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Still think Jack is a nicer name.

Also see Sky News and their feeble attempt at a Sun-like headline....

The guy who bet on Archie in the Oxford William Hill branch obviously only heard half the conversation.

Now, for the first time, I wish I could change my leadership vote.

yours sincerely
Graeme Ernest Barclay Archer.

Let that be a warning to parents everywhere.

BBCi: "Elwen, a name apparently of English origin which means "elf-wise friend", is a character in the Lord of the Rings. Newspaper reports have previously suggested that Mr Cameron's supporters play a game in which they imagine themselves in a political version of Middle Earth, with their leader cast as the Tory version of JRR Tolkien's Frodo."

That poor child will be taken apart in the playground....

"That poor child will be taken apart in the playground...."

Shouldn't that be "the quad"?

If from Elvish then 'Elwen' means 'Star Maiden' and is undeniably female.

If from English, it really should be spelt 'Elwin' or 'Elwyn'. In Welsh, 'Elwen' is a girl's name.

Graeme Ernest Barclay Archer wrote:
"Let that be a warning to parents everywhere."

Indeed, mine was not your average Plaistow name and was plain silly until I went to the Soviet Union in 1986 just four weeks before Chernobyl. Chad Noble, Chernobyl, and it's even more similar in Russian.

As someone who has become so used to being asked what it is short for, I tend to say it is long for "ch", I can guarantee that
there will be no poking fun at little Arthur's middle name from me.

good point. I shall henceforth say that Graeme is the long form of "Grrr".

I probably shan't be telling people that Richard is the long form of Dick!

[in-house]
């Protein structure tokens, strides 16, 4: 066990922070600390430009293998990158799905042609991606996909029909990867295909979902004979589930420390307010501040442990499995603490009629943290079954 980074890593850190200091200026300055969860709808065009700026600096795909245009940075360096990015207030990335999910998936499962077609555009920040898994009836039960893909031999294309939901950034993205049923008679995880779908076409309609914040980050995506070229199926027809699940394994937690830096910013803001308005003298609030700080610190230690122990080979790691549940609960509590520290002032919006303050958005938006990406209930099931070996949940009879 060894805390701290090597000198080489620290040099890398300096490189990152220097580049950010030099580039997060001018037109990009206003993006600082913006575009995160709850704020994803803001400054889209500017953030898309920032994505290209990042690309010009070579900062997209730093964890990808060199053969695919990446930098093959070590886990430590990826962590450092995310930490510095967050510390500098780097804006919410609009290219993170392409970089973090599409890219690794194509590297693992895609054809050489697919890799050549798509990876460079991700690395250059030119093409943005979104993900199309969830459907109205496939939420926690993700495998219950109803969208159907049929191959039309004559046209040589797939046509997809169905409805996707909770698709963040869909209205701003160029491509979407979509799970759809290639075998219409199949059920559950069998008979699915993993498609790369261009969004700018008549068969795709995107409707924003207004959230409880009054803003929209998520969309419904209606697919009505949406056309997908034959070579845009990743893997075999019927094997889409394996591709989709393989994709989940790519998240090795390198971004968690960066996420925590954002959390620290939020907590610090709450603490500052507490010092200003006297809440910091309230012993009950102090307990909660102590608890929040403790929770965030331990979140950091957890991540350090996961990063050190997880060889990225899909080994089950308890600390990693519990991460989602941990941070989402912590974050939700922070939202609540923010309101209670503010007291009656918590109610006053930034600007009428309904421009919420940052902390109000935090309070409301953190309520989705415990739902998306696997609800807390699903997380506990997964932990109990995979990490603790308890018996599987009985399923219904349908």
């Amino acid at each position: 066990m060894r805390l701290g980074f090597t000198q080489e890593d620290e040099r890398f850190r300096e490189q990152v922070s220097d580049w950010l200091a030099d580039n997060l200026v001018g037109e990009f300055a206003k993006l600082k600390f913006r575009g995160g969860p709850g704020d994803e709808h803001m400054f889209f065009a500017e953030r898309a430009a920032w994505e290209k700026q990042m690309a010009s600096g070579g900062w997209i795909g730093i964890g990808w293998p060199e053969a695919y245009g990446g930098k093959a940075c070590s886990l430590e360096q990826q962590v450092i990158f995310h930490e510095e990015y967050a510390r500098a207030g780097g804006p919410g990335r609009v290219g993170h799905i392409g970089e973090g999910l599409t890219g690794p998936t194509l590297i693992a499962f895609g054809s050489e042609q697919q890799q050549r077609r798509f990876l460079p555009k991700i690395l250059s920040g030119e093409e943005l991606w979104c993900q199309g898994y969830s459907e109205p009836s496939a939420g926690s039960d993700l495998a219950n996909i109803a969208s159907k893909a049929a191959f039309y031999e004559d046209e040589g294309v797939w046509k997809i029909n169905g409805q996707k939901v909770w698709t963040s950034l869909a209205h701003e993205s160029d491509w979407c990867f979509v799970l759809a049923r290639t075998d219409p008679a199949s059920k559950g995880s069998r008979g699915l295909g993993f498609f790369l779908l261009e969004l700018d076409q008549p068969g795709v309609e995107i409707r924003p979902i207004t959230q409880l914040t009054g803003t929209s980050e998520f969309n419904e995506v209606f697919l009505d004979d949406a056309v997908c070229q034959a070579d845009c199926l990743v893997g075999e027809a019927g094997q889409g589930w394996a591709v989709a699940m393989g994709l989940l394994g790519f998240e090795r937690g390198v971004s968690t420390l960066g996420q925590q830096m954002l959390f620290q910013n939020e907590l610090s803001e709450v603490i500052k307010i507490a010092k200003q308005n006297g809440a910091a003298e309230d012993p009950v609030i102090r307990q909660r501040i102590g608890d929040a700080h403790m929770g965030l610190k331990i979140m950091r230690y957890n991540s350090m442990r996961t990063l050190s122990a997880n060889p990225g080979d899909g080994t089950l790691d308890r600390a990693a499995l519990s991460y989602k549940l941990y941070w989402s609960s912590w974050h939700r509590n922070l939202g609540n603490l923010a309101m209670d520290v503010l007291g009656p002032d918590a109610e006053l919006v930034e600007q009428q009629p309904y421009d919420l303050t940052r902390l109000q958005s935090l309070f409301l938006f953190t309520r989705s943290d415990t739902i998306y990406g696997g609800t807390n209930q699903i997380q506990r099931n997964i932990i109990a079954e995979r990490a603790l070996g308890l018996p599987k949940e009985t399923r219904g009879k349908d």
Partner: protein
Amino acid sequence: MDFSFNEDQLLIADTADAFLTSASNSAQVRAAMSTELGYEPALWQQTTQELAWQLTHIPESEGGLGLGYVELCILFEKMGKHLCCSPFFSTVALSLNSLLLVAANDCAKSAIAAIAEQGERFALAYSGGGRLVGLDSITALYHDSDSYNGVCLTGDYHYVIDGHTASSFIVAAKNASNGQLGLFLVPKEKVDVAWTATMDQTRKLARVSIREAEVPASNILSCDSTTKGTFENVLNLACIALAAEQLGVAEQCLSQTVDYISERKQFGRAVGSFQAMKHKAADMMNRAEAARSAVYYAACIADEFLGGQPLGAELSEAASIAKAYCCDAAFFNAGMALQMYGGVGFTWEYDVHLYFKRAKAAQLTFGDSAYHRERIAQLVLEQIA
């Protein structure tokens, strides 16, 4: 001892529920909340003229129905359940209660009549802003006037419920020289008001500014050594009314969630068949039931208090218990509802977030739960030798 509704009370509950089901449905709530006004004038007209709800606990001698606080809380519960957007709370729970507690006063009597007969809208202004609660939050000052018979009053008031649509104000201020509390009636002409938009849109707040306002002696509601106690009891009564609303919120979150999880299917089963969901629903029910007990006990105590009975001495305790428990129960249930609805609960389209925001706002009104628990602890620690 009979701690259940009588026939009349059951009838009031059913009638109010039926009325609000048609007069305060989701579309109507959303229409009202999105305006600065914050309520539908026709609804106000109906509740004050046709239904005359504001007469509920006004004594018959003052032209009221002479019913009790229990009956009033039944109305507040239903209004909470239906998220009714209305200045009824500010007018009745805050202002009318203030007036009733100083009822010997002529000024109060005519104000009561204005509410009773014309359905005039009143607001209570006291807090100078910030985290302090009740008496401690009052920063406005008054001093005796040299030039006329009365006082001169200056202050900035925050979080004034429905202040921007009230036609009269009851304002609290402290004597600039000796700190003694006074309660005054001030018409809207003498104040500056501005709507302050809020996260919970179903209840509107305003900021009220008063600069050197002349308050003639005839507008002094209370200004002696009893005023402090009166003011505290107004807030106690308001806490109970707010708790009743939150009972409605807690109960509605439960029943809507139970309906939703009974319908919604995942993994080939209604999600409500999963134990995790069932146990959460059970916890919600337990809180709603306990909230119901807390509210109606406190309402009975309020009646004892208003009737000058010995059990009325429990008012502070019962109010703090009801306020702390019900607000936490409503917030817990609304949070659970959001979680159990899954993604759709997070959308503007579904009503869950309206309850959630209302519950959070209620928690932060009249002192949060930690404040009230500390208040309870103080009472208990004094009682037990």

Appears the Tories have issued a statement refuting the whole 'Middle Earth' theory, if the BBC's revision of their article a few minutes ago is anything to go by. Even so, if they did get it from a baby book, they were looking in the wrong gender section.

Chad is a great name for a Bush supporter, especially in Florida.

Arthur shares his name with my brother-in-law - no complaints there.

"I probably shan't be telling people that Richard is the long form of Dick!"

Pity the poor Woking footballer of the 1980s - Richard Head!

I was born Kelvin James Flint (long story). Little Arthur has some sympathy. Arthur's a good name. Elwen...i guess its a conversation starter.

Will Liddle

Was going to say that after Shirley was re-sexed to a girls name and Robin used by both sexes that in these metrosexual times using a Welsh girls name was surely fair but Google searches show its an English boys name meaning "old friend".

Still feel there's a Tolkien influence at play.

Come on James, tell us the reason for your name change!

Probably something to do with adoption.

Arthur is a fab name, I like!

Elwen, hmmmm... nevermind.

My fathers forenames were Cyril Evelyn, I always thought Evelyn was odd as I thought it was a girls name, but you didn't ask questions about names of your father, when mine was alive. Does anybody know if Evelyn is also a boys name - somewhere?!

Evelyn Waugh was plagued in his early career by book reviewers "accidentally" assuming he was a female writer. They didn't make the mistake twice.

A lot of these bisexual names (if that's the right term) are adopted as a first name from a mother's surname, as a means of keeping it alive. So, for example "Fitzwilliam Darcy" - although he didn't actually exist, of course.

Yes, of course! I had forgotten about Evelyn Waugh.

Evelyn Waugh (He-Evelyn) married Evelyn Gardner (She-Evelyn)

I've just re-read my previous post. Bad example, "Fitzwilliam" isn't actually a girl's name.

Better example, of course, would be "Cameron".

I think the term is "uni-sex' names, not 'bisexual'. And having such a name hasn't done Hilary Benn any harm, has it?

James Hellyer was right. I was adopted in 1990 and changed my name to Kelvin James Maskell, but didnt like being called Kelvin in school so got it changed a few years later.